Initially, the initial step involves obtaining a Linux-based operating system. Raspberry Pi provides compatibility with a range of Linux distributions, including Ubuntu. However, for the purposes of this tutorial, we will opt for the official operating system provided by the Raspberry Pi Foundation, known as the Raspberry Pi OS. You can acquire it by visiting the download link and selecting the “with desktop and recommended software” version.

Step 2

Initially, the initial step involves obtaining a Linux-based operating system. Raspberry Pi provides compatibility with a range of Linux distributions, including Ubuntu. However, for the purposes of this tutorial, we will opt for the official operating system provided by the Raspberry Pi Foundation, known as the Raspberry Pi OS. You can acquire it by visiting the download link and selecting the “with desktop and recommended software” version.

Step 3

Next, insert a micro-SD card into the micro-SD card slot of a computer, either with a micro-SD to SD card adapter or a USB micro-SD card reader.

Step 4

Subsequently, launch the “balenaEtcher” application. Next, specify the path to the downloaded image file, choose the connected micro-SD card, and click on the “flash” button. Please be patient as this procedure will require a few minutes to finish.

Step 5

Next, we will configure the Raspberry Pi for automatic connection to the wireless network, facilitating communication with it.

Nonetheless, if you possess an HDMI display, a keyboard, and a mouse, you have the option to bypass this step. Simply connect these peripherals to the Raspberry Pi and proceed directly to the section on “Installing the Apache Web Server.”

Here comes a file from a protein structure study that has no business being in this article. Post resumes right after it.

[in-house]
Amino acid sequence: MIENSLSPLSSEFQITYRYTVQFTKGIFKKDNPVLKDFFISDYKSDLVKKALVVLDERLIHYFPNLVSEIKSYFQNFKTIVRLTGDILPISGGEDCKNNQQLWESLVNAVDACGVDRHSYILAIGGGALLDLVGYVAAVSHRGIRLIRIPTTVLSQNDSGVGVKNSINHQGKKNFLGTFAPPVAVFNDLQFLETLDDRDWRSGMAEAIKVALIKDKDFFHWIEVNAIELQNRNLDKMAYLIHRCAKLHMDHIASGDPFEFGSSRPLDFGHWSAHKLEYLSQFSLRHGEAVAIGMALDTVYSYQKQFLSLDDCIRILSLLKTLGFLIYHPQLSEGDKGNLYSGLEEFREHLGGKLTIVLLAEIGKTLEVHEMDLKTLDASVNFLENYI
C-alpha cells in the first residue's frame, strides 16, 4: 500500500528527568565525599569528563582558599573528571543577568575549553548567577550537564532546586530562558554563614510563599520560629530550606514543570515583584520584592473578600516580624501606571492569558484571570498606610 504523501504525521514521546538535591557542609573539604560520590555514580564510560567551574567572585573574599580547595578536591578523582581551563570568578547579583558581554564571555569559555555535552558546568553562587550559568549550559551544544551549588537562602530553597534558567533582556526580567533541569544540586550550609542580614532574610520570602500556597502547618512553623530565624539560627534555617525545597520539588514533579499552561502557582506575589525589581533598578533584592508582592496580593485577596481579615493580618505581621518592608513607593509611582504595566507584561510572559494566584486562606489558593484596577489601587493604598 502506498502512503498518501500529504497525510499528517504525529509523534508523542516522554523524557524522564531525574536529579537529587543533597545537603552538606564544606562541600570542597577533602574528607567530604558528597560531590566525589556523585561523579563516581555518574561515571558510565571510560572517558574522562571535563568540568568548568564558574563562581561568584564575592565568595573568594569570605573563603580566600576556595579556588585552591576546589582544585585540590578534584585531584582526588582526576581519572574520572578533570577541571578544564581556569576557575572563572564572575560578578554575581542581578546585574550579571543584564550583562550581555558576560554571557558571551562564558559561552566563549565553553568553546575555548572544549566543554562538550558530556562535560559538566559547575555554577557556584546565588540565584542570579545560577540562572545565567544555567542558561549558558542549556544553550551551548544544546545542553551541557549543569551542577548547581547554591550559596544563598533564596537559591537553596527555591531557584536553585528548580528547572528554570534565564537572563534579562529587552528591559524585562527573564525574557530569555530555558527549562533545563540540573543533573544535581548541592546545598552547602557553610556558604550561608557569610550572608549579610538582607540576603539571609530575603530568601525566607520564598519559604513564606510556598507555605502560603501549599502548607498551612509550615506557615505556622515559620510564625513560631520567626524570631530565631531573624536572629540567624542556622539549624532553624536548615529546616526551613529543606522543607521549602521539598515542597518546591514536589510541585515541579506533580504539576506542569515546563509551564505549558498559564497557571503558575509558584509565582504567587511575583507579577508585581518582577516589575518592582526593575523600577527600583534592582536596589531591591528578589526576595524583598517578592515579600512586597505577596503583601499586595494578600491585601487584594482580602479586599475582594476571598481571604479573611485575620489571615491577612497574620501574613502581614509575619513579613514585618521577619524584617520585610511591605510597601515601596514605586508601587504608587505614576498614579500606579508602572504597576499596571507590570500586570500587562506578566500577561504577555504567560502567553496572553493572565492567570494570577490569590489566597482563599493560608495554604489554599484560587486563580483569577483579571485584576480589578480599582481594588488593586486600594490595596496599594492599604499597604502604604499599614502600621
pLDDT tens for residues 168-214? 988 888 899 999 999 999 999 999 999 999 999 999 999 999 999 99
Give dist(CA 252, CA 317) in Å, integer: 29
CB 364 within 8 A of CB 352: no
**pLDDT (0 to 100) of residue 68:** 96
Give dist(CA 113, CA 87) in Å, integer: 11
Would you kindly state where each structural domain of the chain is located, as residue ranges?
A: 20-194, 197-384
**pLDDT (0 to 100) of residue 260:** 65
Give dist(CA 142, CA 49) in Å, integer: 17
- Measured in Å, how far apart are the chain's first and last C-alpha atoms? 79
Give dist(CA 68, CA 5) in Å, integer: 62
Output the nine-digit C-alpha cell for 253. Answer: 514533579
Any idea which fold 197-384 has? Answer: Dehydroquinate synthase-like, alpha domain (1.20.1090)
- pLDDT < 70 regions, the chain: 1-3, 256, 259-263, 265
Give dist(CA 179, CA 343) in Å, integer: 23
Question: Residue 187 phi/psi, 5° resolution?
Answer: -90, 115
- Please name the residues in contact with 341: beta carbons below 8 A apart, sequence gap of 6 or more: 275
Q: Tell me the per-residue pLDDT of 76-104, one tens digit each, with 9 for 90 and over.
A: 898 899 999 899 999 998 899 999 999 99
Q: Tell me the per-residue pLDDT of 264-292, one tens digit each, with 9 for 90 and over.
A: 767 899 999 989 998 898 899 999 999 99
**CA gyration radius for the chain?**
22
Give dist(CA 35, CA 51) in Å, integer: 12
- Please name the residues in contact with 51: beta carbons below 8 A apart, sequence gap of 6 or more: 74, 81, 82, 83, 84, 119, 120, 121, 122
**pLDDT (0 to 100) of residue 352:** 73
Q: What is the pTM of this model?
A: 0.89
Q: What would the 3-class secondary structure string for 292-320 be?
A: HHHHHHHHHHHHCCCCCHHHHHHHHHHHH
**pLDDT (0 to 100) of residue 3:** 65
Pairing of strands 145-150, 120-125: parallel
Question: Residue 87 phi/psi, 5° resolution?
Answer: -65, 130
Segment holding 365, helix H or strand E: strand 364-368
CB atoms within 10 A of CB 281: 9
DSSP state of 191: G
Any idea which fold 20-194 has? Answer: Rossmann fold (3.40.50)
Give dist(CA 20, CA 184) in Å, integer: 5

Moreover, if you own a Seeeduino XIAO, you can refer to the provided guide for establishing communication between the Raspberry Pi and your PC. Following this, you can proceed with the instructions for “Installing the Apache Web Server.”

Step 6

Access your Raspberry Pi root directory from your computer and proceed to generate a file named “wpa_supplicant.conf.” Next, insert the provided code into this file, and make sure to insert your home Wi-Fi credentials in the designated “WiFi-name” and “WiFi-password” fields.

ctrl_interface=DIR=/var/run/wpa_supplicant GROUP=netdev


Step 7

Generate an empty file named “ssh” within this location.

Step 8

Subsequently, remove the micro-SD card from your PC and insert it into the Raspberry Pi.

Step 9

Initiate the Raspberry Pi by connecting it to a power source using a Type-C USB cable and a suitable power adapter.

Step 10

Next, we’ll acquire Putty, an SSH client that enables communication with the Raspberry Pi. You can download it by clicking on this link.

Step 11

Launch Putty and configure the hostname as “raspberrypi.local” and the port as “22.” Then, click the “Open” button to proceed.

Installing Apache Web Server

Step 1

To begin, ensure that you update the package list on your Raspberry Pi by executing the provided commands.

sudo apt-get update
sudo apt-get upgrade

Step 2

Next, you can install the Apache2 package by executing the following command.

sudo apt install apache2 -y

And there you have it! With just two simple steps, your Raspberry Pi now hosts an operational Apache Web Server.

To verify the status of this web server, execute the following command.

sudo service apache2 status

To verify the status of Apache, you can open a web browser and enter your Raspberry Pi’s IP address. Doing so will display a basic web page like this.

Yet, if you’re unsure about the IP address of your Raspberry Pi, you can easily locate it by executing the following command within the Raspberry Pi’s terminal:

hostname -I